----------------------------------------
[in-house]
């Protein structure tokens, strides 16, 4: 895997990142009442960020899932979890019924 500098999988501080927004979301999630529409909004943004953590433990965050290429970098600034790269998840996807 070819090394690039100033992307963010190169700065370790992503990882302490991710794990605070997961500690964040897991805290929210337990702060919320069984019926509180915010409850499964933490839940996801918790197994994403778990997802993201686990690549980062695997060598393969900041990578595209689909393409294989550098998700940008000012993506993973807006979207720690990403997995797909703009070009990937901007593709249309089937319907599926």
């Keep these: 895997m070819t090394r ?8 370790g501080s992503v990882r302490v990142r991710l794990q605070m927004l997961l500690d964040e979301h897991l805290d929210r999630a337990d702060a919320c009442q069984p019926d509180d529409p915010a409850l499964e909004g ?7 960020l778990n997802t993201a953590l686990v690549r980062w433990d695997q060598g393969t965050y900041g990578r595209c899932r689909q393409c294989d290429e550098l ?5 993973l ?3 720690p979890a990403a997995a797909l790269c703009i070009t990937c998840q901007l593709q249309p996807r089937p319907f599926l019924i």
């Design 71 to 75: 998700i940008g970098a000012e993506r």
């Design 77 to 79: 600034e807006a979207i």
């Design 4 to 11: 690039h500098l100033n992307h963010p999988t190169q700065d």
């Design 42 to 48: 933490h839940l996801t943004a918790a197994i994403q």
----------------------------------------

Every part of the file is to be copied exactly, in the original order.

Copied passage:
[in-house]
């Protein structure tokens, strides 16, 4: 895997990142009442960020899932979890019924 500098999988501080927004979301999630529409909004943004953590433990965050290429970098600034790269998840996807 070819090394690039100033992307963010190169700065370790992503990882302490991710794990605070997961500690964040897991805290929210337990702060919320069984019926509180915010409850499964933490839940996801918790197994994403778990997802993201686990690549980062695997060598393969900041990578595209689909393409294989550098998700940008000012993506993973807006979207720690990403997995797909703009070009990937901007593709249309089937319907599926």
């Keep these: 895997m070819t090394r ?8 370790g501080s992503v990882r302490v990142r991710l794990q605070m927004l997961l500690d964040e979301h897991l805290d929210r999630a337990d702060a919320c009442q069984p019926d509180d529409p915010a409850l499964e909004g ?7 960020l778990n997802t993201a953590l686990v690549r980062w433990d695997q060598g393969t965050y900041g990578r595209c899932r689909q393409c294989d290429e550098l ?5 993973l ?3 720690p979890a990403a997995a797909l790269c703009i070009t990937c998840q901007l593709q249309p996807r089937p319907f599926l019924i």
């Design 71 to 75: 998700i940008g970098a000012e993506r």
């Design 77 to 79: 600034e807006a979207i």
């Design 4 to 11: 690039h500098l100033n992307h963010p999988t190169q700065d």
């Design 42 to 48: 933490h839940l996801t943004a918790a197994i994403q």